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Article
February 1967

Solitary Intracranial Plasmacytoma

Author Affiliations

New Orleans; Lexington, Ky
From the departments of pathology and neurology and psychiatry, Louisiana State University School of Medicine, and the Charity Hospital of Louisiana, New Orleans (Dr. Moossy) and the Division of Neurosurgery, Department of Surgery, University of Kentucky School of Medicine, Lexington (Dr. Wilson). Dr. Moossy is presently with the Department of Pathology, University of Pittsburgh, Pittsburgh.

Arch Neurol. 1967;16(2):212-216. doi:10.1001/archneur.1967.00470200100009
Abstract

SOLITARY intracranial plasmacytoma is uncommon. For this reason and because it may respond favorably to surgery and radiation therapy, the following case was considered of special interest.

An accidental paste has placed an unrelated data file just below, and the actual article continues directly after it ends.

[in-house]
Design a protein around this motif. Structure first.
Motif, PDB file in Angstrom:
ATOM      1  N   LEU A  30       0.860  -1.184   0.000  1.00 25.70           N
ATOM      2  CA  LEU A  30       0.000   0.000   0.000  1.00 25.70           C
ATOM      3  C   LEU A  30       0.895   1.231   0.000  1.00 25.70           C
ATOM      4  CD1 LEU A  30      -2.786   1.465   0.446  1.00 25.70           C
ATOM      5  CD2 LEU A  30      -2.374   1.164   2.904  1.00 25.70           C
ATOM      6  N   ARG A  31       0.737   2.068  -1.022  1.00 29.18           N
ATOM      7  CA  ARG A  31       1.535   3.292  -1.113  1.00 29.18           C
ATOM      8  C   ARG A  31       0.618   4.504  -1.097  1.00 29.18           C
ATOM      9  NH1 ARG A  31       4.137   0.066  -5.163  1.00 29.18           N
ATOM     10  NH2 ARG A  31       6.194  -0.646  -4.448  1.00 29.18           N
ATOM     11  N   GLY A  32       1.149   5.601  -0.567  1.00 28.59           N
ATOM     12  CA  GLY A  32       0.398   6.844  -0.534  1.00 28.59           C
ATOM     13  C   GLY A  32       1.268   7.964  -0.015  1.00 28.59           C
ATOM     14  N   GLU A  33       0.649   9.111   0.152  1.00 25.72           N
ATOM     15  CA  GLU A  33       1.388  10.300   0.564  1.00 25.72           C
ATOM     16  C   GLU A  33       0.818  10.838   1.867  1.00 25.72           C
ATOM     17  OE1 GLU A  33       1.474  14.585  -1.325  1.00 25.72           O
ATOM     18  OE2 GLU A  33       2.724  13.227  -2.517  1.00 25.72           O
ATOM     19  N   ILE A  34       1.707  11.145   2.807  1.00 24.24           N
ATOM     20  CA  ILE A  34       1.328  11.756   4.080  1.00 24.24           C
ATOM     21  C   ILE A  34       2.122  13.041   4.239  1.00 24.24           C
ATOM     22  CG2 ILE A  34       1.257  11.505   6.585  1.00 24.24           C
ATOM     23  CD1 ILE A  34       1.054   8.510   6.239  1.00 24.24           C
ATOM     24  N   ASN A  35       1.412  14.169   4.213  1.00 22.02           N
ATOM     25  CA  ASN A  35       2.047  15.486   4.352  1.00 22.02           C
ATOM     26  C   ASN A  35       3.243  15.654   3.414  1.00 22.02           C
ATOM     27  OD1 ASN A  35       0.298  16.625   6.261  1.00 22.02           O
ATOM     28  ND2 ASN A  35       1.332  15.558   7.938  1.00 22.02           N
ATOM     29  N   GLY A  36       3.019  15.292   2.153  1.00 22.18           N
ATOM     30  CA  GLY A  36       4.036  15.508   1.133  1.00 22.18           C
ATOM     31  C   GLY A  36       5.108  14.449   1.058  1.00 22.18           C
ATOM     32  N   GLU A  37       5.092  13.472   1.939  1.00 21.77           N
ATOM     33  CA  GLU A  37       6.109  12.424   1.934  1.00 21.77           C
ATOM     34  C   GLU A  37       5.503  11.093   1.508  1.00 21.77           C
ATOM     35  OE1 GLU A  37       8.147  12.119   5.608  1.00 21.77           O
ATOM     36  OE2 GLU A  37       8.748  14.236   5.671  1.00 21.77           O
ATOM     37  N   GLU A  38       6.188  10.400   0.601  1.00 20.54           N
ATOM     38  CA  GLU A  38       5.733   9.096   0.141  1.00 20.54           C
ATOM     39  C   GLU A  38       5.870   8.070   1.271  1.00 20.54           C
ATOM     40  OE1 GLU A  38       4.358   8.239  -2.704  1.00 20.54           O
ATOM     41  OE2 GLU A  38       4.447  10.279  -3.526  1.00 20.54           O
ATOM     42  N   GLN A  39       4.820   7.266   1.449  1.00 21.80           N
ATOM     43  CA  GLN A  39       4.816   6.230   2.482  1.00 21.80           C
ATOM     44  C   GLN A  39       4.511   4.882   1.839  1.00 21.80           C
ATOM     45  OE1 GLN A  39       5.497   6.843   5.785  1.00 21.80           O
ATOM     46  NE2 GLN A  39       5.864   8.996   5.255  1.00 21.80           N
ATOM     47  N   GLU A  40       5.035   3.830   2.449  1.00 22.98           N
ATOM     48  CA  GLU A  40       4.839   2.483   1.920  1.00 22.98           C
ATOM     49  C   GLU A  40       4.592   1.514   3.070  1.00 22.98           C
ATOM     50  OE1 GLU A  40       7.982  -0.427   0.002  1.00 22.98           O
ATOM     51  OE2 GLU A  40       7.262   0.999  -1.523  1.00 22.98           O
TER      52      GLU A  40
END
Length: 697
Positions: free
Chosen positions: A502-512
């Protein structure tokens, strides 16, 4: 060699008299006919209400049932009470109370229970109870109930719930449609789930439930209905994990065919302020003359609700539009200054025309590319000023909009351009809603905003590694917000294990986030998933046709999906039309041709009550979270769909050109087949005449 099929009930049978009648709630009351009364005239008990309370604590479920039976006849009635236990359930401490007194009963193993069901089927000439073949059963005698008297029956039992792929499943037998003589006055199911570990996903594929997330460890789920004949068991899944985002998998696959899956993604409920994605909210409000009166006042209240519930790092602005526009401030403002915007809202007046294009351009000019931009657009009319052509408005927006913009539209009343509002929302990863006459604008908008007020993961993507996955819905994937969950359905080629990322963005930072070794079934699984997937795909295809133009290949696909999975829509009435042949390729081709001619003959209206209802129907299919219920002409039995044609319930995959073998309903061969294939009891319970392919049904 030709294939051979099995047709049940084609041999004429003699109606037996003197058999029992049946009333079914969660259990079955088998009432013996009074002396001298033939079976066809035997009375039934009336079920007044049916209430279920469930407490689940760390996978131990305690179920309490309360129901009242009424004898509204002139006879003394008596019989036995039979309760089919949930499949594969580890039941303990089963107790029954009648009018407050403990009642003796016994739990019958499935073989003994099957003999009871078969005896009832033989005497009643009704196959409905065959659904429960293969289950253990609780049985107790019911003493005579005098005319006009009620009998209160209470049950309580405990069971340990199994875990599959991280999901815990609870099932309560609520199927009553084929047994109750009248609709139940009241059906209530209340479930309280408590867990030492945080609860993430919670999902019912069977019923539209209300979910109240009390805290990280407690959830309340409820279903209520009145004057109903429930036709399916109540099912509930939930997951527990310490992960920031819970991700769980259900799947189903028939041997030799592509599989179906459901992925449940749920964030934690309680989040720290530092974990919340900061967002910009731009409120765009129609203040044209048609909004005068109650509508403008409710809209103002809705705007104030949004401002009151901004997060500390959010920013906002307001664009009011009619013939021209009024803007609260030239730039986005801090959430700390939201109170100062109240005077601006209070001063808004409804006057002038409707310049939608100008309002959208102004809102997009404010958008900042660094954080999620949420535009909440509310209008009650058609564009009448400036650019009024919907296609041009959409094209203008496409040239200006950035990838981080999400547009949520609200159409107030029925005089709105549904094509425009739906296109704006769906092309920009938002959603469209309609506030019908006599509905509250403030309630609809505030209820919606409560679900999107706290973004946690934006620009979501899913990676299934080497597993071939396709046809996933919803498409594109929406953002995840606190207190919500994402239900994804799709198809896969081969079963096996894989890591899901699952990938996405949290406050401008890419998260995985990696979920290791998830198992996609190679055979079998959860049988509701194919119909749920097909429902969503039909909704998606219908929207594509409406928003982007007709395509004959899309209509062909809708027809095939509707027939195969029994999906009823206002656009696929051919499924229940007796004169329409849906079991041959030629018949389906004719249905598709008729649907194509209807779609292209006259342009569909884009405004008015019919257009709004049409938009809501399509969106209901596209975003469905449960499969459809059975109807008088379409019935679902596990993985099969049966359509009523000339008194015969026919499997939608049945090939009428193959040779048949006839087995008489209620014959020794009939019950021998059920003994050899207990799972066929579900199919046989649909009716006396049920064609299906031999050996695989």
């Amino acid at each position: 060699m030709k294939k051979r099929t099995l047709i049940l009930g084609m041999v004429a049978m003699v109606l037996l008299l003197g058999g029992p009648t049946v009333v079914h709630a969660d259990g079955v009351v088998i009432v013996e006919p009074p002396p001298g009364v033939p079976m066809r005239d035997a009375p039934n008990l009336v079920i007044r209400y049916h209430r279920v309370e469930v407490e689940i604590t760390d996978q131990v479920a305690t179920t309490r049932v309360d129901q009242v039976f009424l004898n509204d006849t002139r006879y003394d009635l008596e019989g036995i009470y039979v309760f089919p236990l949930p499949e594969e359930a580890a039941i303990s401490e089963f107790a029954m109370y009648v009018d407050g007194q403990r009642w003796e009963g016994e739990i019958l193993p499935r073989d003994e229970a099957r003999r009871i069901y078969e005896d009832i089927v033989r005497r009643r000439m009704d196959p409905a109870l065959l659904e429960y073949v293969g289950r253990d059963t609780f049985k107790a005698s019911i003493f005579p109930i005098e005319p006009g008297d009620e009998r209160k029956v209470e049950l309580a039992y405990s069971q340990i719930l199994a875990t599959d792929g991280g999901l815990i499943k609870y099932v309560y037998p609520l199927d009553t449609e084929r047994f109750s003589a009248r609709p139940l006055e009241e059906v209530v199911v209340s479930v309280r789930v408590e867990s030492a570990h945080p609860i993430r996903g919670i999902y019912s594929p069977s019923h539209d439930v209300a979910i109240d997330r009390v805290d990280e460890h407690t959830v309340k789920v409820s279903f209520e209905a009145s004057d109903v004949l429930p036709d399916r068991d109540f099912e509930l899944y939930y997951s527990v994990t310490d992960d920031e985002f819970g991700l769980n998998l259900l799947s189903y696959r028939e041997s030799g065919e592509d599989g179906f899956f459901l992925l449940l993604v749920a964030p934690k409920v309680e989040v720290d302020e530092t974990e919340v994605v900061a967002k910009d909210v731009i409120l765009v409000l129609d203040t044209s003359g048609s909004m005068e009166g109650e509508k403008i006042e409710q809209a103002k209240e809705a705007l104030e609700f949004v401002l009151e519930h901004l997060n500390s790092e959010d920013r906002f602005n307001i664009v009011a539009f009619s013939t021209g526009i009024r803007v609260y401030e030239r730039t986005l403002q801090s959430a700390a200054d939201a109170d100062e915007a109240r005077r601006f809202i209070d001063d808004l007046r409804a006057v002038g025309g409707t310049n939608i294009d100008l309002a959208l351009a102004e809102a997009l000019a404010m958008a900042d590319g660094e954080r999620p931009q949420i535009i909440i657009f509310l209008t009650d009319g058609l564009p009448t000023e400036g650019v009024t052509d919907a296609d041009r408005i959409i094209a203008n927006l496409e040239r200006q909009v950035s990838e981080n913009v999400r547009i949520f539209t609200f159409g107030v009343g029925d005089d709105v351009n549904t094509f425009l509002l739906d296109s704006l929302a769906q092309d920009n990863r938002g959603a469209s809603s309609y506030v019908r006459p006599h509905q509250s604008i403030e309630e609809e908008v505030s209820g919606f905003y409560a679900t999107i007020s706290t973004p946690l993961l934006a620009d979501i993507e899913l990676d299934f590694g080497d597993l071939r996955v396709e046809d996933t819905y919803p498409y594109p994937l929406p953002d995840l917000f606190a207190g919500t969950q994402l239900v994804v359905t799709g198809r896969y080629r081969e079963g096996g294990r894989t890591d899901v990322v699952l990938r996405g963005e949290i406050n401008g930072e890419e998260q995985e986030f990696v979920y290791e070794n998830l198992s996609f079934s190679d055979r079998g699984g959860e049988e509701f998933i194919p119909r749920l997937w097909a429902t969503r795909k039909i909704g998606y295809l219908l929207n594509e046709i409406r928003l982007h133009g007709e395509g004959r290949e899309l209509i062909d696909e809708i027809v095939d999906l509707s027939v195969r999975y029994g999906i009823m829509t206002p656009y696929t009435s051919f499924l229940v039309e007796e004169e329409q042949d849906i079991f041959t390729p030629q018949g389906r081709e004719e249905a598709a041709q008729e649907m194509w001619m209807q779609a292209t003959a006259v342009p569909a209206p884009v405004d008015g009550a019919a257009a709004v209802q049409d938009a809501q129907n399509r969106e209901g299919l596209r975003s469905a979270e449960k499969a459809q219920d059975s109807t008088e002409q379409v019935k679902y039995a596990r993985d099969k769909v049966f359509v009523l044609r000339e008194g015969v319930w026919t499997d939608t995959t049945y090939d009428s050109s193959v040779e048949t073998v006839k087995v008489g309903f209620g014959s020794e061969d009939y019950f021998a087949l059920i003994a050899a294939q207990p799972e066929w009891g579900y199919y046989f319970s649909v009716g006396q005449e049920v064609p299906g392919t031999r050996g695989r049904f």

Report of Case First Admission (Nov 17, 1961).—  A 44-year-old woman was admitted to the Psychiatry Service at the Charity Hospital of New Orleans. The admitting psychiatric diagnosis was reactive depression, but after consultation she was transferred to the neurosurgical service. Her sister said that the patient had had headaches, memory loss, and progressive mental depression since February 1961. The patient attributed the headaches to a blow delivered by a falling board which had struck her forehead at the hairline. She was stunned but did not lose consciousness. The blow produced a lump at the site of injury which had decreased in size, but was still present at the time of admission. The first of five seizures occurred one month before admission.

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